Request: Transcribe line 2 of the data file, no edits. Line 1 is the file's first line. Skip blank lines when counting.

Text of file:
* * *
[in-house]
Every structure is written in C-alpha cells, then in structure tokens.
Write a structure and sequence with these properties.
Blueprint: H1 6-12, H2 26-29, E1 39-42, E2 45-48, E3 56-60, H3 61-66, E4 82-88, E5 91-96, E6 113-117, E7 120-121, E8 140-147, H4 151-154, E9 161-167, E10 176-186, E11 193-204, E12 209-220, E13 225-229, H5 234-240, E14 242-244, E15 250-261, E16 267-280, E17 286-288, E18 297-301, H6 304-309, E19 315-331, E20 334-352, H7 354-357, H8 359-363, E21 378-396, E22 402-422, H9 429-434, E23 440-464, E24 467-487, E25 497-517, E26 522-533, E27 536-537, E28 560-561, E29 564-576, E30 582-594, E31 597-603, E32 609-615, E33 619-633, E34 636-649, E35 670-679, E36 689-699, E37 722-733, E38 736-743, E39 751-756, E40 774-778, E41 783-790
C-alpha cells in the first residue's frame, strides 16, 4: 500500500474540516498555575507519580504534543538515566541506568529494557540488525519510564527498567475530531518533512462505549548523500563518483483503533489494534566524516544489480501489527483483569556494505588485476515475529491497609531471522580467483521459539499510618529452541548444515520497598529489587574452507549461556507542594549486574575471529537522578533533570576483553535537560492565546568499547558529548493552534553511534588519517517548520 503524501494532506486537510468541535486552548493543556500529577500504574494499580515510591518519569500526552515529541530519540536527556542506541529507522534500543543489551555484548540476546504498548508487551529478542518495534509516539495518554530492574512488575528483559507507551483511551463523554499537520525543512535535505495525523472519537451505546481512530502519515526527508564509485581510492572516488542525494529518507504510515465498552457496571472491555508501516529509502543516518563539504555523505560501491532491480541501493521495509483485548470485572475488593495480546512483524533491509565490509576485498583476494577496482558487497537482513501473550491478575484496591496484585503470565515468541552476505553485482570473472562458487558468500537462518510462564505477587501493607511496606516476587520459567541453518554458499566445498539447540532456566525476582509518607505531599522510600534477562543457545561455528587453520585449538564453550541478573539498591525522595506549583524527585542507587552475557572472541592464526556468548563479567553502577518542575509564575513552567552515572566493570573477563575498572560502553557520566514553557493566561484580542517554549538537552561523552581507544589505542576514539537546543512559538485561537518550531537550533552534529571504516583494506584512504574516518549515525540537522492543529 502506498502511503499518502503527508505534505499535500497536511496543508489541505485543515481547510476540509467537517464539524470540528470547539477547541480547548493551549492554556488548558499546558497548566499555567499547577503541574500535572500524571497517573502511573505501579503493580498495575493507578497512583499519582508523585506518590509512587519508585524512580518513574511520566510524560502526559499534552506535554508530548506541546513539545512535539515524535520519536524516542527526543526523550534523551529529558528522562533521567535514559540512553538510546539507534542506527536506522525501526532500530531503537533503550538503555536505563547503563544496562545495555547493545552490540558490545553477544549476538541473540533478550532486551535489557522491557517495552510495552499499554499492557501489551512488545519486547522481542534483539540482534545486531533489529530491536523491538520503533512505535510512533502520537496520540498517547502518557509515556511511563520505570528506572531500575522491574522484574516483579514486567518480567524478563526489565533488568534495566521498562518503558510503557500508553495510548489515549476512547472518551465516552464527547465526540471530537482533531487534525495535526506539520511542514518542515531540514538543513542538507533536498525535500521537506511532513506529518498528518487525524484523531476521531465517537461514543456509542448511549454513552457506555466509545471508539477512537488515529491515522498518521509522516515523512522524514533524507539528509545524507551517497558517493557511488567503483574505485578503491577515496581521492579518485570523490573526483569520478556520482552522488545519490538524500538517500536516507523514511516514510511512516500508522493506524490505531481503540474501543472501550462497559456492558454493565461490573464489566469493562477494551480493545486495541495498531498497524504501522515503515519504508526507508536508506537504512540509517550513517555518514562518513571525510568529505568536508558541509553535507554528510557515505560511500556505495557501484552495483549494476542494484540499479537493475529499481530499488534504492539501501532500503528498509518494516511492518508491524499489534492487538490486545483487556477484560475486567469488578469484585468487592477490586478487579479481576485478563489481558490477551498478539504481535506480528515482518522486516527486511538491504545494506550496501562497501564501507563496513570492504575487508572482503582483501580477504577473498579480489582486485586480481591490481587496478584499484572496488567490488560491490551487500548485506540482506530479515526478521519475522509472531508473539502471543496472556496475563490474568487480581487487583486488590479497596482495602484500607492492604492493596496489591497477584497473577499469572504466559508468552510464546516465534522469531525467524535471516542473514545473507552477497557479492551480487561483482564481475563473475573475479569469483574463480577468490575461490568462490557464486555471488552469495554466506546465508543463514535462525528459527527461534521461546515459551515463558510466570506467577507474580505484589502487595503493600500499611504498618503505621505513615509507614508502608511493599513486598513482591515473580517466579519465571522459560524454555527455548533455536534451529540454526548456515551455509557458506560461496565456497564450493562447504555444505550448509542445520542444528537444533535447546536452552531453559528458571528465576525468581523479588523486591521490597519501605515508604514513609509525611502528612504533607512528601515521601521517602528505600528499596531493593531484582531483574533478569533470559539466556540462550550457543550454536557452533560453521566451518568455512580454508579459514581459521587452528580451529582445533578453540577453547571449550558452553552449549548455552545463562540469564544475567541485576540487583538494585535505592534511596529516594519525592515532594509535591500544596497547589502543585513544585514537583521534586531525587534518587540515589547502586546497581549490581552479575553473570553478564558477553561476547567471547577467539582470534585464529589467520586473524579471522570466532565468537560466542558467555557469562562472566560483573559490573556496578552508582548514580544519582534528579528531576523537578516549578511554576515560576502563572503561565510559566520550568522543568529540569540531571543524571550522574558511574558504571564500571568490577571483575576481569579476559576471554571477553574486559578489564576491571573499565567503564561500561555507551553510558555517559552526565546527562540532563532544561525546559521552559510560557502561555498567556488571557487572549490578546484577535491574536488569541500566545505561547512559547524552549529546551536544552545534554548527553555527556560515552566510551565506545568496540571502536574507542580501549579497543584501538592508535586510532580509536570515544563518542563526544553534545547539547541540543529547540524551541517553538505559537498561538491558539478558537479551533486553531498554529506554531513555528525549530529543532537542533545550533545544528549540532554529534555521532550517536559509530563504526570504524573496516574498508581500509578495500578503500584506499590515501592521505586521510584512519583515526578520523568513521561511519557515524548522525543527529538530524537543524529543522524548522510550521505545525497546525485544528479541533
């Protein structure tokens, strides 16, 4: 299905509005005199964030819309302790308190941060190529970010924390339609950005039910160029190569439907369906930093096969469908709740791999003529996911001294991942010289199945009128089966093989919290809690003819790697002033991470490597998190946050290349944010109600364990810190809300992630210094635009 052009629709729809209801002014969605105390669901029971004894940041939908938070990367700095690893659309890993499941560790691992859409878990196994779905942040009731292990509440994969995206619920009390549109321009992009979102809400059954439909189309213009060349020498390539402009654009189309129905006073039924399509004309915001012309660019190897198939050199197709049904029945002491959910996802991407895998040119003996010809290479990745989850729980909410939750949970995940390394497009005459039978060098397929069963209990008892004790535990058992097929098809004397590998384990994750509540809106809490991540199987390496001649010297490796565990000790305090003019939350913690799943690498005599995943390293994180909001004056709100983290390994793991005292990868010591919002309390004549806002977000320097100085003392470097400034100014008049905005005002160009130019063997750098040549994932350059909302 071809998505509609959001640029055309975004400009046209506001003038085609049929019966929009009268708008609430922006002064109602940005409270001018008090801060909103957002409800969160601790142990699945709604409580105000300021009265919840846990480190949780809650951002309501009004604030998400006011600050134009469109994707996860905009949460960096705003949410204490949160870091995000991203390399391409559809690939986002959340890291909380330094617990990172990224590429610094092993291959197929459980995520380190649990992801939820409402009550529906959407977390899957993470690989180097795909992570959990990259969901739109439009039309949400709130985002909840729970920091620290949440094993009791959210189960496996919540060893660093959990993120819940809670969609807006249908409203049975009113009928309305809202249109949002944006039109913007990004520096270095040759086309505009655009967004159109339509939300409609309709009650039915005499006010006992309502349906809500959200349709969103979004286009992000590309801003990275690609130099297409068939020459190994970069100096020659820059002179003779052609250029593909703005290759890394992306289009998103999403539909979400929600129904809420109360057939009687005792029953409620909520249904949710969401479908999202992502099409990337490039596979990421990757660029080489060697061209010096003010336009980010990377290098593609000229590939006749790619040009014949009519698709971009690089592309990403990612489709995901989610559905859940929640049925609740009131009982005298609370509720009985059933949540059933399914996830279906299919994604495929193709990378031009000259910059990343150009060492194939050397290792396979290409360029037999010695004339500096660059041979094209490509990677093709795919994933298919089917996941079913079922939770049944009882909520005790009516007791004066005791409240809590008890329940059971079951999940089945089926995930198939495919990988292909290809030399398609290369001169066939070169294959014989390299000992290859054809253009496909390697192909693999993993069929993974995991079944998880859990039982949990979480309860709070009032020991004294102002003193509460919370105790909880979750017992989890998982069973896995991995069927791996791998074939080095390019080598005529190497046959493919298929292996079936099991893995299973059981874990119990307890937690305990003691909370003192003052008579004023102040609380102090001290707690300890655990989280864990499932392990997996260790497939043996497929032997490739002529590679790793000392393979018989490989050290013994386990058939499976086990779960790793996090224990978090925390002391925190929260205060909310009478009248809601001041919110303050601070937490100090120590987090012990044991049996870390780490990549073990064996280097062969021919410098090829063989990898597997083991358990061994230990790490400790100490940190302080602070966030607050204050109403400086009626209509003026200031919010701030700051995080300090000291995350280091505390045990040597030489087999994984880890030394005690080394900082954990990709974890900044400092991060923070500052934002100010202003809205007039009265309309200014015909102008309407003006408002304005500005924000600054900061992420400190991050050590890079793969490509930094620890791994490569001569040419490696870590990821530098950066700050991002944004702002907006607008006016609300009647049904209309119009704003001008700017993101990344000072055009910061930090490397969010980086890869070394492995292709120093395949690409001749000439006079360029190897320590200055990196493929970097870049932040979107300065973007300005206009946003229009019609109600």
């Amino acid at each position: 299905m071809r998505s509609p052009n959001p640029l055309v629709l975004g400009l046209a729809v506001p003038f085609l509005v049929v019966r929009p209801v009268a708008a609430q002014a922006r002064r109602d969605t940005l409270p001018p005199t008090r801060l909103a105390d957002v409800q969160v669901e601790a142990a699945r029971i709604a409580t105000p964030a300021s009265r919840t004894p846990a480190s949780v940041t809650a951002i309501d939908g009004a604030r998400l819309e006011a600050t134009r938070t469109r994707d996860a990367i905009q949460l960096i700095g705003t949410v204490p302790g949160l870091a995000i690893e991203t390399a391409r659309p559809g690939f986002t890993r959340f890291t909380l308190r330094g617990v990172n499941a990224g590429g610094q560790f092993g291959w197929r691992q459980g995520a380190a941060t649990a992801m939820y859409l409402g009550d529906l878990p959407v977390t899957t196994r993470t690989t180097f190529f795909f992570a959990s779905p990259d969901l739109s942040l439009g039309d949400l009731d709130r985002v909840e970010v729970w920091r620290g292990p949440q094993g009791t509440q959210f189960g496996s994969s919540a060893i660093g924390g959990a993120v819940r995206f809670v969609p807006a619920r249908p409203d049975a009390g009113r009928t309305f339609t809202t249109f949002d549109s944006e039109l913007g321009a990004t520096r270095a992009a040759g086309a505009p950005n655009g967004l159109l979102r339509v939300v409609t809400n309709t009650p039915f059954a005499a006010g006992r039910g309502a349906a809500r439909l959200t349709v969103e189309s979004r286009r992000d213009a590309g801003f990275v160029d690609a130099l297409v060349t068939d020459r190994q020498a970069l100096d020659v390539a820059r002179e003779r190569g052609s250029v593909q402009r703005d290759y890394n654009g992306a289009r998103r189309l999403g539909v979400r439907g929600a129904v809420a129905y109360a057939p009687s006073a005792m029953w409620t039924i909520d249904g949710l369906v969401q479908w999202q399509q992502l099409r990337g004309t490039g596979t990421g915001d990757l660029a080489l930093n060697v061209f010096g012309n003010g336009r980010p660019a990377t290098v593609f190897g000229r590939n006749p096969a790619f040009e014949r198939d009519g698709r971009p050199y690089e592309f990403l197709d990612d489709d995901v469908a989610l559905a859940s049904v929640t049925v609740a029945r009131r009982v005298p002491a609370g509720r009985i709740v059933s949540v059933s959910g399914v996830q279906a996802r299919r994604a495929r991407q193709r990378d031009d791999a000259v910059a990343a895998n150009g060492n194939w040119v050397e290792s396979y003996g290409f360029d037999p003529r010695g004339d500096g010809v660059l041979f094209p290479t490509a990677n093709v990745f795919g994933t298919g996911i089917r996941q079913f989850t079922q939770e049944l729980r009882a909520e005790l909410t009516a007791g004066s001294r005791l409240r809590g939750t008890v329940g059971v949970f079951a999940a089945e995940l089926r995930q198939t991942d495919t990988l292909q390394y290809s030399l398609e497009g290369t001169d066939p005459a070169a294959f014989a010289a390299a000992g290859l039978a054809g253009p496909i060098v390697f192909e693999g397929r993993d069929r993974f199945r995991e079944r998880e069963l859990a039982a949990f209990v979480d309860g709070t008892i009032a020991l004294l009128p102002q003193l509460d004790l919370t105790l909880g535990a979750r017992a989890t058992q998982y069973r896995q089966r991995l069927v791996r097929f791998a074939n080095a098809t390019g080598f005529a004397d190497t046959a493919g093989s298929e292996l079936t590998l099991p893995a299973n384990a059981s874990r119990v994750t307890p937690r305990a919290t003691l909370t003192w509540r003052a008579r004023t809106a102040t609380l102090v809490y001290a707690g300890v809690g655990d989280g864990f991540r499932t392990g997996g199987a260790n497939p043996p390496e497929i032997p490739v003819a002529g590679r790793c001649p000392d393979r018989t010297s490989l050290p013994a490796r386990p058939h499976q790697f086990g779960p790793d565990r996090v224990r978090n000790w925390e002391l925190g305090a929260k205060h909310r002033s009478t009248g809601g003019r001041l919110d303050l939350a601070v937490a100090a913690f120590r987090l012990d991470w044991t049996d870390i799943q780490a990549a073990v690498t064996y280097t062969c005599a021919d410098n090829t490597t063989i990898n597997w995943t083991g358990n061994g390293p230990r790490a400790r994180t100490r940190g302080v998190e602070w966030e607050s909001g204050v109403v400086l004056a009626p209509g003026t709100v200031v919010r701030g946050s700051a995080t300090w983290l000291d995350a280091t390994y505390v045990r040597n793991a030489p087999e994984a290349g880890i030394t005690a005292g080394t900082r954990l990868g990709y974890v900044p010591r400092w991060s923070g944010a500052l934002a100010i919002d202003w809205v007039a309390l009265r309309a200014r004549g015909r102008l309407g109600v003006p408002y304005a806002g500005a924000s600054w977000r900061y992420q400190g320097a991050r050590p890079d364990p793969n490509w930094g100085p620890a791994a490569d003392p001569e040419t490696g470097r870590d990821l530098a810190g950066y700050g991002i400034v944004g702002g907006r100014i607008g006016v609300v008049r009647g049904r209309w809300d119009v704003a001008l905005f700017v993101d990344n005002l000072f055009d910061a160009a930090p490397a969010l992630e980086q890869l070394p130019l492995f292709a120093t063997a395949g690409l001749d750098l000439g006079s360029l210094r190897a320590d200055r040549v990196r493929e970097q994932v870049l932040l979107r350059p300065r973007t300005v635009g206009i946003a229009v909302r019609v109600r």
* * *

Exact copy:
Every structure is written in C-alpha cells, then in structure tokens.